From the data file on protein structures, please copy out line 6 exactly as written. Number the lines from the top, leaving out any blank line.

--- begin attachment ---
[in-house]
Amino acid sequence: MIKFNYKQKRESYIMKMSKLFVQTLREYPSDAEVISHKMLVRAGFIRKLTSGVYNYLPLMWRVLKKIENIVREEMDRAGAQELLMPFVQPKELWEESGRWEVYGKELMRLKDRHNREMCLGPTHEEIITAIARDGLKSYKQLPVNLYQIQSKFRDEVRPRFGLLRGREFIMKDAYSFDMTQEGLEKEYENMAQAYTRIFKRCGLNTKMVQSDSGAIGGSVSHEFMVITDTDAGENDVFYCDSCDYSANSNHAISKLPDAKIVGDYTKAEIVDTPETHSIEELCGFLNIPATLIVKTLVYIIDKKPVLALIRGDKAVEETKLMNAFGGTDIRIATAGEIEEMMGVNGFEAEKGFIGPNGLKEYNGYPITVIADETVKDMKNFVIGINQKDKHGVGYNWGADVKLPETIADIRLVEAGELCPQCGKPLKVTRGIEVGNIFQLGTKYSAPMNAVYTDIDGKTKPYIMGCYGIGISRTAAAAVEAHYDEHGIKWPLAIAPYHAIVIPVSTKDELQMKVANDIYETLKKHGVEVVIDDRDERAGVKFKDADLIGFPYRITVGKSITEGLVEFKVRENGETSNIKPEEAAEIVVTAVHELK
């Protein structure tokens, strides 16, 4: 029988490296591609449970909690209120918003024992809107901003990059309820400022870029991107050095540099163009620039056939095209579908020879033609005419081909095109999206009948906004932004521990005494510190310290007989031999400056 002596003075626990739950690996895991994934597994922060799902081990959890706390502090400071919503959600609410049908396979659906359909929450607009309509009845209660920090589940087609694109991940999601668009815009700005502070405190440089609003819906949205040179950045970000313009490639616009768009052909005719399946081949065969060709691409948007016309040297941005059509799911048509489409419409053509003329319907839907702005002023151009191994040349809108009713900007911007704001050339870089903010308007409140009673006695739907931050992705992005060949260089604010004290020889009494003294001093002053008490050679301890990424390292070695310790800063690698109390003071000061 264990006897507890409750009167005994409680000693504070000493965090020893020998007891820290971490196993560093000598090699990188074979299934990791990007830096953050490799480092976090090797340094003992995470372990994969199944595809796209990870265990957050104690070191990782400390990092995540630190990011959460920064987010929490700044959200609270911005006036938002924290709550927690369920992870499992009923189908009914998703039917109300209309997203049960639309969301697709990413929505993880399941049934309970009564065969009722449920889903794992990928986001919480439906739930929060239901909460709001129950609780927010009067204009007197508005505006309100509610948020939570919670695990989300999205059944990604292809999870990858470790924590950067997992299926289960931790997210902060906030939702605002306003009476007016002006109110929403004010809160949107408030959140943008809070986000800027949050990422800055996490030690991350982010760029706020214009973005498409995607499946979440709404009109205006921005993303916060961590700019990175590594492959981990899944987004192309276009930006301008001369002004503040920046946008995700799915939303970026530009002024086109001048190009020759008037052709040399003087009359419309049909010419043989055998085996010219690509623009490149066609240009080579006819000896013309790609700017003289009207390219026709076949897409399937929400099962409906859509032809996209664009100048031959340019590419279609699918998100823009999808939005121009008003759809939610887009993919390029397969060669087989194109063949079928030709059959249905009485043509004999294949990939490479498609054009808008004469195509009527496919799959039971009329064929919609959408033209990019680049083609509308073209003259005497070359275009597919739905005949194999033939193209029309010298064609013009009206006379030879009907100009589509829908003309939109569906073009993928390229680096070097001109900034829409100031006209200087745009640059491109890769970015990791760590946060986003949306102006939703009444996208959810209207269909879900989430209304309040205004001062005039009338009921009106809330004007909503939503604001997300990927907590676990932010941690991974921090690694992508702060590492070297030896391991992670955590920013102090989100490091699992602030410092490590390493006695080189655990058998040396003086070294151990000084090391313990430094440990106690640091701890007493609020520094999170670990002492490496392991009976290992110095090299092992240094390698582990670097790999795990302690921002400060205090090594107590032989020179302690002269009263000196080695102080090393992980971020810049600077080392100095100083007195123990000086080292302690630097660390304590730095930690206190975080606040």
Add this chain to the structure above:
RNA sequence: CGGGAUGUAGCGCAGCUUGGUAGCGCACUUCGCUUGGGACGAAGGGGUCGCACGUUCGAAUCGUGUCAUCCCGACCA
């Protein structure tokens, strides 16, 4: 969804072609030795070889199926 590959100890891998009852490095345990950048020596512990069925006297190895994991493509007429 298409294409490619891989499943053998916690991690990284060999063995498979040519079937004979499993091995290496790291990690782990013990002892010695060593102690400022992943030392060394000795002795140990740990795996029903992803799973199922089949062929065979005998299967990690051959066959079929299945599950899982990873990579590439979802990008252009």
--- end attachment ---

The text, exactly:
């Protein structure tokens, strides 16, 4: 969804072609030795070889199926 590959100890891998009852490095345990950048020596512990069925006297190895994991493509007429 298409294409490619891989499943053998916690991690990284060999063995498979040519079937004979499993091995290496790291990690782990013990002892010695060593102690400022992943030392060394000795002795140990740990795996029903992803799973199922089949062929065979005998299967990690051959066959079929299945599950899982990873990579590439979802990008252009």